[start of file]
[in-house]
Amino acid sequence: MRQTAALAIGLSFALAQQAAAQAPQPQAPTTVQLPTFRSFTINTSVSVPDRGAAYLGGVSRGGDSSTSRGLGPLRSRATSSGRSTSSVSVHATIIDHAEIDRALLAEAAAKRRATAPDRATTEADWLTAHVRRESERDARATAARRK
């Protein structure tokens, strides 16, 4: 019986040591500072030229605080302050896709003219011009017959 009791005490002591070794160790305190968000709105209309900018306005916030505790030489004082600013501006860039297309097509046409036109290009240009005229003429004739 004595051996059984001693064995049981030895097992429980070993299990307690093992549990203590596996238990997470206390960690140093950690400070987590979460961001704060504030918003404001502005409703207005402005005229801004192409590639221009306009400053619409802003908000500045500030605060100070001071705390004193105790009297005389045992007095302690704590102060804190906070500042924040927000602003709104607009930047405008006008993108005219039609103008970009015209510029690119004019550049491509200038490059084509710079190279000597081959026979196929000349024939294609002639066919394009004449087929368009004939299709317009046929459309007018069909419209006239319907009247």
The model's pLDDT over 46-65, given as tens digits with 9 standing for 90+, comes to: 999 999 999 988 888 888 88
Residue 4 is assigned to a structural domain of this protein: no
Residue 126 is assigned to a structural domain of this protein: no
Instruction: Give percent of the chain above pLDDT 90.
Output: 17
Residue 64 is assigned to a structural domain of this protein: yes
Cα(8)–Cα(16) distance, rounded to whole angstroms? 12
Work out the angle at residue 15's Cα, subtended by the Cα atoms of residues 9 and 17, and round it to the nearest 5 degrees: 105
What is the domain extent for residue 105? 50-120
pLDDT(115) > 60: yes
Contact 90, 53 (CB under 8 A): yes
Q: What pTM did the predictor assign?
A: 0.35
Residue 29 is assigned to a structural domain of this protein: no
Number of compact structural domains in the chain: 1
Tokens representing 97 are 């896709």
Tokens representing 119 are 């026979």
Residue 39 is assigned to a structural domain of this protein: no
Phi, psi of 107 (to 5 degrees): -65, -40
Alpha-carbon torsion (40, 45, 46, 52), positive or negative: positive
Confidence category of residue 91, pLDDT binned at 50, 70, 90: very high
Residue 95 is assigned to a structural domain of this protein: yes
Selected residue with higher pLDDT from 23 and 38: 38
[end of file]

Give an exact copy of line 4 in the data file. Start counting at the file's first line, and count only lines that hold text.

The model's pLDDT over 46-65, given as tens digits with 9 standing for 90+, comes to: 999 999 999 988 888 888 88